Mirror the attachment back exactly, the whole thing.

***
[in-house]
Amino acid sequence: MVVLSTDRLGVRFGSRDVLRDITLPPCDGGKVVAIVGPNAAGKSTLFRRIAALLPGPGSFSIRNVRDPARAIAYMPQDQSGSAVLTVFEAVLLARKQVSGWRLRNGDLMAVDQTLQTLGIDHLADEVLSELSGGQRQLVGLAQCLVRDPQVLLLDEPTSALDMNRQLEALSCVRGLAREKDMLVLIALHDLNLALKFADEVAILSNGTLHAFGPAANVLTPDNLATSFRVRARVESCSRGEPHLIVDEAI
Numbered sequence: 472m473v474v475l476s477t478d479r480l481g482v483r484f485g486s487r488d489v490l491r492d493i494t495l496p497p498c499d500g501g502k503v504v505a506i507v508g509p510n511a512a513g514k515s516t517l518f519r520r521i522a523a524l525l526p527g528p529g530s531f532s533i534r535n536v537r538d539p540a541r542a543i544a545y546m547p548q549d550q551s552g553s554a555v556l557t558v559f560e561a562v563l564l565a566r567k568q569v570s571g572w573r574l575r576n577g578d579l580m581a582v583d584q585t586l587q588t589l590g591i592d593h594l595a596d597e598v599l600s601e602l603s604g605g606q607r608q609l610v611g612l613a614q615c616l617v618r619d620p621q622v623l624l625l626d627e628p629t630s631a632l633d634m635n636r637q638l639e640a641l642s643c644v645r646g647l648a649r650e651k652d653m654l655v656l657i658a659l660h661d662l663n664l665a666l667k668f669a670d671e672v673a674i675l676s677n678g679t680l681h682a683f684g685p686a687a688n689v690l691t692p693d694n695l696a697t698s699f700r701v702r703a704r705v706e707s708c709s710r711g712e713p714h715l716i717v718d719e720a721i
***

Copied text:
[in-house]
Amino acid sequence: MVVLSTDRLGVRFGSRDVLRDITLPPCDGGKVVAIVGPNAAGKSTLFRRIAALLPGPGSFSIRNVRDPARAIAYMPQDQSGSAVLTVFEAVLLARKQVSGWRLRNGDLMAVDQTLQTLGIDHLADEVLSELSGGQRQLVGLAQCLVRDPQVLLLDEPTSALDMNRQLEALSCVRGLAREKDMLVLIALHDLNLALKFADEVAILSNGTLHAFGPAANVLTPDNLATSFRVRARVESCSRGEPHLIVDEAI
Numbered sequence: 472m473v474v475l476s477t478d479r480l481g482v483r484f485g486s487r488d489v490l491r492d493i494t495l496p497p498c499d500g501g502k503v504v505a506i507v508g509p510n511a512a513g514k515s516t517l518f519r520r521i522a523a524l525l526p527g528p529g530s531f532s533i534r535n536v537r538d539p540a541r542a543i544a545y546m547p548q549d550q551s552g553s554a555v556l557t558v559f560e561a562v563l564l565a566r567k568q569v570s571g572w573r574l575r576n577g578d579l580m581a582v583d584q585t586l587q588t589l590g591i592d593h594l595a596d597e598v599l600s601e602l603s604g605g606q607r608q609l610v611g612l613a614q615c616l617v618r619d620p621q622v623l624l625l626d627e628p629t630s631a632l633d634m635n636r637q638l639e640a641l642s643c644v645r646g647l648a649r650e651k652d653m654l655v656l657i658a659l660h661d662l663n664l665a666l667k668f669a670d671e672v673a674i675l676s677n678g679t680l681h682a683f684g685p686a687a688n689v690l691t692p693d694n695l696a697t698s699f700r701v702r703a704r705v706e707s708c709s710r711g712e713p714h715l716i717v718d719e720a721i